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87.

Farewell! thou art too dear for my possessing,
And like enough thou know'st thy estimate:
The charter of thy worth gives thee releasing;
My bonds in thee are all determinate.
For how do I hold thee but by thy granting?
And for that riches where is my deserving?
The cause of this fair gift in me is wanting,
And so my patent back again is swerving.
Thyself thou gav’st, thy own worth then not knowing,
Or me, to whom thou gav’st it, else mistaking;
So thy great gift, upon misprision growing,
Comes home again, on better judgment making.

Thus have I had thee, as a dream doth flatter,
In sleep a king, but, waking, no such matter.

88.

When thou shalt be dispos’d to set me light,
And place my merit in the eye of scorn,
Upon thy side against myself I 'll fight,
And prove thee virtuous, though thou art forsworn.
With mine own weakness being best acquainted,
Upon thy part I can set down a story
Of faults conceal'd, wherein I am attainted;
That thou, in losing me, shalt win much glory:
And I by this will be a gainer too;
For bending all my loving thoughts on thee,
The injuries that to myself I do,
Doing thee vantage, double-vantage me.

Such is my love, to thee I so belong,
That for thy right myself will bear all wrong.

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Say that thou didst forsake me for some fault,
And I will comment upon that offence:
Speak of my lameness, and I straight will halt;
Against thy reasons making no defence.

Thou canst not, love, disgrace me half so ill,
To set a form upon desired change,
As I 'll myself disgrace: knowing thy will,
I will acquaintance strangle," and look strange;
Be absent from thy walks; and in my tongue
Thy sweet-beloved name no more shall dwell;
Lest I (too much profane) should do it wrong,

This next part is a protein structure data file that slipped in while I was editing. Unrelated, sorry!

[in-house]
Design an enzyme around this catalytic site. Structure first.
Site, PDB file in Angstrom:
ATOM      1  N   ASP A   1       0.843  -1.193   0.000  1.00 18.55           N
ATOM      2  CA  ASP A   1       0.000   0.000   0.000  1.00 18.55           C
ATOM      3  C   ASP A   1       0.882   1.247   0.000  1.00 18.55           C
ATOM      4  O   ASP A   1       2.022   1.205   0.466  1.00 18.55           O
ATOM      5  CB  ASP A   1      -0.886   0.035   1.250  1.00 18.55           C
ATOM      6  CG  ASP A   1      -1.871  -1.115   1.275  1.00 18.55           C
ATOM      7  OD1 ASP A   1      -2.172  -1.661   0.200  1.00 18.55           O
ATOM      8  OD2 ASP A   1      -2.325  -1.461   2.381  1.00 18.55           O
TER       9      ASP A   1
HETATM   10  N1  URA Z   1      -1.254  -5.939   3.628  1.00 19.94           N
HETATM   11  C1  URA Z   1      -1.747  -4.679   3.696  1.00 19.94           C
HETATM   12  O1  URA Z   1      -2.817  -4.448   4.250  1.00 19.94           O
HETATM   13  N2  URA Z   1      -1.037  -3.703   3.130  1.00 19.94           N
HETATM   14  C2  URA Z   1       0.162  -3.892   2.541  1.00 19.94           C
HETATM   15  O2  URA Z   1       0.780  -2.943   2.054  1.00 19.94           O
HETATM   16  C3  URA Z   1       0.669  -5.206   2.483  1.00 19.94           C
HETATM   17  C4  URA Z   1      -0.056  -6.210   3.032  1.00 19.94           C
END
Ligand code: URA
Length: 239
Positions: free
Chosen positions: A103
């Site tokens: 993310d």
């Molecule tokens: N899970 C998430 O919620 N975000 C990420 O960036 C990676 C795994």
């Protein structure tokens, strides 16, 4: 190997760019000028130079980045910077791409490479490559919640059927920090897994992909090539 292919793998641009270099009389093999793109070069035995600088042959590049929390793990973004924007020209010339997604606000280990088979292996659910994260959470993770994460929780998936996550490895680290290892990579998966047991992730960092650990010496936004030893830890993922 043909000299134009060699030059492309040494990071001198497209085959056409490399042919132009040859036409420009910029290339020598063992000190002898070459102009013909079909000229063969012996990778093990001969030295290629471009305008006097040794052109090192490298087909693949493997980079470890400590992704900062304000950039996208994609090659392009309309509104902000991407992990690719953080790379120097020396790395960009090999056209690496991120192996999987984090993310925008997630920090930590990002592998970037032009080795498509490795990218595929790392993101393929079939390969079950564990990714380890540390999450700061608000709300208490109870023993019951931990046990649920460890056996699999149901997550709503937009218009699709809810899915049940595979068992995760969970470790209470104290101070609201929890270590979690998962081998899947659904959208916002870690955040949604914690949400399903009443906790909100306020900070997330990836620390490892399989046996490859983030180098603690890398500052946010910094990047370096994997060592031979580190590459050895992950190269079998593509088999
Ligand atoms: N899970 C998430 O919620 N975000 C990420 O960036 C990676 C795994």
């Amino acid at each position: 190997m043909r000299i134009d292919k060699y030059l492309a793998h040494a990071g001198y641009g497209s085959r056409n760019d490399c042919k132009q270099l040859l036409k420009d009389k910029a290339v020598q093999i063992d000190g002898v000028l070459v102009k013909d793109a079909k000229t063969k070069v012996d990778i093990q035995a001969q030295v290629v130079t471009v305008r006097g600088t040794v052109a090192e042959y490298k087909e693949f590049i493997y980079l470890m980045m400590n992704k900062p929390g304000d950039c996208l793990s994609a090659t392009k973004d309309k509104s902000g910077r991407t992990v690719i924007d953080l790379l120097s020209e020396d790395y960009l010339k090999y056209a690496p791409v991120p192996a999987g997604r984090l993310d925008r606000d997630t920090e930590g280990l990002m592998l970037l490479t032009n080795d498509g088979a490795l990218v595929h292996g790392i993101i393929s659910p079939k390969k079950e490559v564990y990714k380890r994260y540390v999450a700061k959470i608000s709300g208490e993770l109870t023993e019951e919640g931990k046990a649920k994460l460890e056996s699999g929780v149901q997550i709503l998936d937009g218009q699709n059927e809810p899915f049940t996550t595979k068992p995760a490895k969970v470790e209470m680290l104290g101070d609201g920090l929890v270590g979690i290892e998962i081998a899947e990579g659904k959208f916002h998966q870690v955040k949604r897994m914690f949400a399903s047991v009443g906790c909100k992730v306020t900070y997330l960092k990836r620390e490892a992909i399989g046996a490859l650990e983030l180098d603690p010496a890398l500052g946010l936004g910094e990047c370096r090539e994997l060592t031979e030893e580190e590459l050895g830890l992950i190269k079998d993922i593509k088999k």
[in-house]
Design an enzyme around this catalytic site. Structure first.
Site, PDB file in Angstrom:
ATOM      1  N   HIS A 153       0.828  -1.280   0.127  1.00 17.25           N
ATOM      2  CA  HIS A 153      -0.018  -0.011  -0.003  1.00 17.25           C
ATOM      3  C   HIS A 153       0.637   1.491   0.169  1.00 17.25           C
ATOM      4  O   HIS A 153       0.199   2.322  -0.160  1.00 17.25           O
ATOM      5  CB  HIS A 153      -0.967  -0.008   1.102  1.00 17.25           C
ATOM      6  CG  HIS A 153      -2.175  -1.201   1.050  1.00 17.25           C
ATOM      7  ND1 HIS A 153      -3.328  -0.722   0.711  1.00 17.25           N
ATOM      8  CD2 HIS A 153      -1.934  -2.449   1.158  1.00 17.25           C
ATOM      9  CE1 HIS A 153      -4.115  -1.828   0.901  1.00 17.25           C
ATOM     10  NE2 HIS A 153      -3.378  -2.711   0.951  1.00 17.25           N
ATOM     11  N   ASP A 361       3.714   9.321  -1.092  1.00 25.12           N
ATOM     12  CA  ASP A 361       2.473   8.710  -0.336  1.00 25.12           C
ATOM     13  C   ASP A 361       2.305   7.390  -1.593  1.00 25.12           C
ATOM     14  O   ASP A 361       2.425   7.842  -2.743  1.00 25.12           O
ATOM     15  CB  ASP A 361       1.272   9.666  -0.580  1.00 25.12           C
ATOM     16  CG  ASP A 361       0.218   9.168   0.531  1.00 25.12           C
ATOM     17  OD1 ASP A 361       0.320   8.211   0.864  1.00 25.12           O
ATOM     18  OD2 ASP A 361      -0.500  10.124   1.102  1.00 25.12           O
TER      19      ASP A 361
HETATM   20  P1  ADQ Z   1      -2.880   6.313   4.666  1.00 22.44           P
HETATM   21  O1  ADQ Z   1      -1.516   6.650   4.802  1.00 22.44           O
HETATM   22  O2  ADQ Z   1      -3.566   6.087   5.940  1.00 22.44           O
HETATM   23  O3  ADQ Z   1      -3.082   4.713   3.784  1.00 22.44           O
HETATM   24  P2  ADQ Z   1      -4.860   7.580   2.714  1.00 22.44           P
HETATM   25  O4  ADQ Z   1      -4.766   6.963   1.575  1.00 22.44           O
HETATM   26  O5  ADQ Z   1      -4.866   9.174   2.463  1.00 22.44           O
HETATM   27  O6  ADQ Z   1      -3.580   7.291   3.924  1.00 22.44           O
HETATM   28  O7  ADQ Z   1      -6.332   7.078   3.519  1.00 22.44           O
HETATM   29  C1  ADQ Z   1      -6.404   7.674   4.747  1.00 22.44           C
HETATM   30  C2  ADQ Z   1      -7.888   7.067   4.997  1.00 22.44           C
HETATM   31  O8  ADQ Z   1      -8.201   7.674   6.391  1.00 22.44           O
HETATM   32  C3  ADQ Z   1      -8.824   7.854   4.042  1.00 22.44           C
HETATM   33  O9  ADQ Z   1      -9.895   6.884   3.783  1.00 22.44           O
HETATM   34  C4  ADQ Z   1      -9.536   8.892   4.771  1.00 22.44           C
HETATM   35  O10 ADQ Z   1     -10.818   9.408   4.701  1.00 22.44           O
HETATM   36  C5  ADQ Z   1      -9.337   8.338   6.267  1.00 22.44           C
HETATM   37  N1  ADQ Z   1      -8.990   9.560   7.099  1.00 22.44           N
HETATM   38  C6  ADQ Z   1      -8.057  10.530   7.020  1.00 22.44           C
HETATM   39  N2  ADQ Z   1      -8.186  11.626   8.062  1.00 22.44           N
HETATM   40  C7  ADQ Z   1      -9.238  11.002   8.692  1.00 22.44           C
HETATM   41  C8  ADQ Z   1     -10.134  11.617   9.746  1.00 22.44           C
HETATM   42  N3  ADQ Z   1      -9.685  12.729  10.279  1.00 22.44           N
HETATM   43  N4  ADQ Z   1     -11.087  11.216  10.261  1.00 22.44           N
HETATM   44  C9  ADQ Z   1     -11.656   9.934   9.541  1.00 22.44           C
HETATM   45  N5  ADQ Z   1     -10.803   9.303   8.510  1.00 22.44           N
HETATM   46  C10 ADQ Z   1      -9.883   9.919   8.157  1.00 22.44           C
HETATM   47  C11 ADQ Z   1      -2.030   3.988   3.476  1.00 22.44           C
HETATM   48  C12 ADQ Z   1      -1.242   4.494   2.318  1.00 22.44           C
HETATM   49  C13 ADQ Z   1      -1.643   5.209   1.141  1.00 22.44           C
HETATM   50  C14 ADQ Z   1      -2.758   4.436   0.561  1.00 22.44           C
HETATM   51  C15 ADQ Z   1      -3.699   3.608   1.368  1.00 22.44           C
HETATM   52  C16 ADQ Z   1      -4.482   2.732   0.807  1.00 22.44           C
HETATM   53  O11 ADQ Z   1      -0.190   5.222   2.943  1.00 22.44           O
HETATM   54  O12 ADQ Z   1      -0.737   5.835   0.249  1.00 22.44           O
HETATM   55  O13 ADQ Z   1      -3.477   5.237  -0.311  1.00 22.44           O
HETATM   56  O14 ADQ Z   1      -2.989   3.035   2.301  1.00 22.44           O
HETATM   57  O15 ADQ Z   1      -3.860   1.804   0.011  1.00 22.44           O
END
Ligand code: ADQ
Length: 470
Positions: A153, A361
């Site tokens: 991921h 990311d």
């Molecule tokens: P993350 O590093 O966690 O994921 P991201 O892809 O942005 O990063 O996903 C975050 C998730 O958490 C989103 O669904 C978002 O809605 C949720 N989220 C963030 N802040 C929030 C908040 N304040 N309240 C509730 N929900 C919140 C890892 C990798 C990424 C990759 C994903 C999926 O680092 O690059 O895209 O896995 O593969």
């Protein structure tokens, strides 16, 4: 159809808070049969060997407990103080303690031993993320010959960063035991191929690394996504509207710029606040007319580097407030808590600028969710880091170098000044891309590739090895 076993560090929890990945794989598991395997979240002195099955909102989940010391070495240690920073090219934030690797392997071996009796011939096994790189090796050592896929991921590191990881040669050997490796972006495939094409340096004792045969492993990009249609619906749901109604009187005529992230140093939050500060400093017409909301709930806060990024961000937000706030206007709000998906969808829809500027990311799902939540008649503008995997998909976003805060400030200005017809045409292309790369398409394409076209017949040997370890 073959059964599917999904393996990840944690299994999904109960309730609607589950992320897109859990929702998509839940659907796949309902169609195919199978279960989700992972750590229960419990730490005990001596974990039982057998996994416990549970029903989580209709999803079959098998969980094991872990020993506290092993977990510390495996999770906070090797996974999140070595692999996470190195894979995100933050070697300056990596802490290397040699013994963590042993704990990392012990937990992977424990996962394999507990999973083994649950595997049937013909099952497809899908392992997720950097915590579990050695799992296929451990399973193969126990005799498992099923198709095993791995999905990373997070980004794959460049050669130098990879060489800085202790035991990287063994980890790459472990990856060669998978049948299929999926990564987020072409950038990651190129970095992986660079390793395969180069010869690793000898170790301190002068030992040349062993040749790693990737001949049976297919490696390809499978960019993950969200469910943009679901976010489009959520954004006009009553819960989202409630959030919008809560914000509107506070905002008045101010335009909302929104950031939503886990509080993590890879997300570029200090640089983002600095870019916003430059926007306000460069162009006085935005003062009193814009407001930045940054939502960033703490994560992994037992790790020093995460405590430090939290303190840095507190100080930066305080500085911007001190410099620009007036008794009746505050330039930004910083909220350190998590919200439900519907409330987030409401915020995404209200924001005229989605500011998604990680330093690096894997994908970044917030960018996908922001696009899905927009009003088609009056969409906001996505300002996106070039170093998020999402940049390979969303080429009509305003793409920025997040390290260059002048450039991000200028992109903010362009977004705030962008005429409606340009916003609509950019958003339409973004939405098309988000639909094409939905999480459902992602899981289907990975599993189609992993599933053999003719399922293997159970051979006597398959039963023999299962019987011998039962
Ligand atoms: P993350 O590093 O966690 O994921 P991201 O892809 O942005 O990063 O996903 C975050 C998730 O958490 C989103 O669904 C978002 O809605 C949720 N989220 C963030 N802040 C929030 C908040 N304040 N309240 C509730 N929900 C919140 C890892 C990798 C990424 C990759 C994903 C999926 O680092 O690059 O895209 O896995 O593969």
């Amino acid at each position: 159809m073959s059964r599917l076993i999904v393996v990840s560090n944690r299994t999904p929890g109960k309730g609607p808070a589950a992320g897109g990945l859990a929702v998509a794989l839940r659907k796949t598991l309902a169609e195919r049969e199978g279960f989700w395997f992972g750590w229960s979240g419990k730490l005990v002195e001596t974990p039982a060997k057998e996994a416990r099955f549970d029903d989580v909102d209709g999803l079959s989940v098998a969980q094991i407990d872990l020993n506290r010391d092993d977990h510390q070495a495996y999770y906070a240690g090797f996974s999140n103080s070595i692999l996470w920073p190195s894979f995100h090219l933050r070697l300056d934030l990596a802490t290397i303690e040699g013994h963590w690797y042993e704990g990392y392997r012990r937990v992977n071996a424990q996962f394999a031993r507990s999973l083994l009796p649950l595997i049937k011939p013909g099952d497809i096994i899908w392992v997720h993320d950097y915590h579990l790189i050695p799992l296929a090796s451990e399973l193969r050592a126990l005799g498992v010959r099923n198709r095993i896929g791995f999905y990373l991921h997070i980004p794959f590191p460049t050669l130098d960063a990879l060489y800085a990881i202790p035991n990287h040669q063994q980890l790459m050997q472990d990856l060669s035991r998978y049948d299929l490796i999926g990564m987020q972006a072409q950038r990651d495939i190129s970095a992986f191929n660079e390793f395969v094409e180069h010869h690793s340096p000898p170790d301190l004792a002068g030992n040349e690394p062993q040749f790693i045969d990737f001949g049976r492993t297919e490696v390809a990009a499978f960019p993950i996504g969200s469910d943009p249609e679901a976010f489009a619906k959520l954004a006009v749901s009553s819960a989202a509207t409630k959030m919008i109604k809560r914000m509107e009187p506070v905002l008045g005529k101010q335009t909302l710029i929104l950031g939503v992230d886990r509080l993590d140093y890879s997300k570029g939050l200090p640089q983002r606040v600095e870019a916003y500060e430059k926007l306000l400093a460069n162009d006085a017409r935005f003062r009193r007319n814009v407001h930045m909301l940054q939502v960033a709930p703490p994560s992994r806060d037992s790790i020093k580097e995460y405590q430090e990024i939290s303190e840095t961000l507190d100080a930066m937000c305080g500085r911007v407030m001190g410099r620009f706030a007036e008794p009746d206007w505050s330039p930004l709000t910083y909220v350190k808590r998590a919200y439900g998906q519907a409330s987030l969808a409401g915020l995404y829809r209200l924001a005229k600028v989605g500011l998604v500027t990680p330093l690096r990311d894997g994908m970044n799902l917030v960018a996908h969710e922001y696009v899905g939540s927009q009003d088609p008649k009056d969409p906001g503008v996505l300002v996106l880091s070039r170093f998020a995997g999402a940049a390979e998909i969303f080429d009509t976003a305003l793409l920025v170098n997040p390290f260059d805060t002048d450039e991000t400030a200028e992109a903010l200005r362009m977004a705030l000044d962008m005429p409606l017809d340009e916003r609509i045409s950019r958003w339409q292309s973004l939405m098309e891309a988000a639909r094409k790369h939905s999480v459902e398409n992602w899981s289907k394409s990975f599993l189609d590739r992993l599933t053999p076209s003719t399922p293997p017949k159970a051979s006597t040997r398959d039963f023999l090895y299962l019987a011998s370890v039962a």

And haply of our old acquaintance tell.

For thee, against myself I'll vow debate,
For I must ne'er love him whom thou dost hate.

90.

Then hate me when thou wilt; if ever, now;
Now while the world is bent my deeds to cross,
Join with the spite of fortune, make me bow,
And do not drop in for an after-loss:
Ah! do not, when my heart hath scap'd this sorrow,
Come in the rearward of a conquer'd woe;
Give not a windy night a rainy morrow,
To linger out a purpos’d overthrow.
If thou wilt leave me, do not leave me last,
When other petty griefs have done their spite,
But in the onset come; so shall I taste
At first the very worst of fortune's might;

And other strains of woe, which now seem woe,
Compar'd with loss of thee will not seem so.

91.

Some glory in their birth, some in their skill,
Some in their wealth, some in their body's force;
Some in their garments, though new-fangled ill;
Some in their hawks and hounds, some in their horse;

Stranyle. Malone gives several examples of the use of the verb; and Steevens adds, “ This uncouth phrase seems to have been a favourite with Shakspere.” Why is any word called uncouth which expresses a meaning more clearly and forcibly than any other word? The miserable affectation of the last age, in rejecting words that in sound appeared not to harmonise with the mincing prettinesses of polite conversation, emasculated our language; and it will take some time to restore it to its ancient nervousness.

And every humour hath his adjunct pleasure,
Wherein it finds a joy above the rest;
But these particulars are not my measure,
All these I better in one general best.
Thy love is better than high birth to me,
Richer than wealth, prouder than garments' cost,
Of more delight than hawks or horses be;
And, having thee, of all men's pride I boast.

Wretched in this alone, that thou mayst take
All this away, and me most wretched make.

92.

But do thy worst to steal thyself away,
For term of life thou art assured mine;
And life no longer than thy love will stay,
For it depends upon that love of thine.